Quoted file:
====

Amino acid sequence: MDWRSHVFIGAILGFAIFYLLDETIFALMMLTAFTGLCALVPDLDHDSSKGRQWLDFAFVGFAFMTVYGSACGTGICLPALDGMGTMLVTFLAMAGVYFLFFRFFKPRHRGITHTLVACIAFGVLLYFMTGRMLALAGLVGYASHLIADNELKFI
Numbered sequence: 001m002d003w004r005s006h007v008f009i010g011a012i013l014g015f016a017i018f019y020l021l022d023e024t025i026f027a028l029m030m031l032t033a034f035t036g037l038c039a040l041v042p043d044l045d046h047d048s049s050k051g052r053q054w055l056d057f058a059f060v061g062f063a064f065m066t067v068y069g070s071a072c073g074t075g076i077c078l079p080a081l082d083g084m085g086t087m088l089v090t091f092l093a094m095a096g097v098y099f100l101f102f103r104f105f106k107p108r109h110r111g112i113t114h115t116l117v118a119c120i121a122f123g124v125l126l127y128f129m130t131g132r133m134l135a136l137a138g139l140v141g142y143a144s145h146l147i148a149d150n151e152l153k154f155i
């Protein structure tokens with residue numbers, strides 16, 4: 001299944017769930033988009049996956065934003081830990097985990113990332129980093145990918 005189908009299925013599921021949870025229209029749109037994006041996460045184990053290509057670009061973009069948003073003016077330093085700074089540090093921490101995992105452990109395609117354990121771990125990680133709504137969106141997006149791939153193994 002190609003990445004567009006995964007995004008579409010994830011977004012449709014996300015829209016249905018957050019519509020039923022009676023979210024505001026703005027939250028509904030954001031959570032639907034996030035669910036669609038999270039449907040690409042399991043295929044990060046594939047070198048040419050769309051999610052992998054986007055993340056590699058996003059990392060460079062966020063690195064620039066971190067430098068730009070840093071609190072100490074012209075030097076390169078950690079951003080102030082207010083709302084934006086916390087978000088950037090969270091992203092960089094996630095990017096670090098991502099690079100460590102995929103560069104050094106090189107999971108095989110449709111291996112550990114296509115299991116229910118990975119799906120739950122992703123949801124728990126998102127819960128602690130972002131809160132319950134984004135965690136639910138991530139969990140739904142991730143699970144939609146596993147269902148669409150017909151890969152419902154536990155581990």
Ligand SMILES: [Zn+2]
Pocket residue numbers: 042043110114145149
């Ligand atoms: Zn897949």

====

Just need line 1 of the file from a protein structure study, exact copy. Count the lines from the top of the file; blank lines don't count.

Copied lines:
Amino acid sequence: MDWRSHVFIGAILGFAIFYLLDETIFALMMLTAFTGLCALVPDLDHDSSKGRQWLDFAFVGFAFMTVYGSACGTGICLPALDGMGTMLVTFLAMAGVYFLFFRFFKPRHRGITHTLVACIAFGVLLYFMTGRMLALAGLVGYASHLIADNELKFI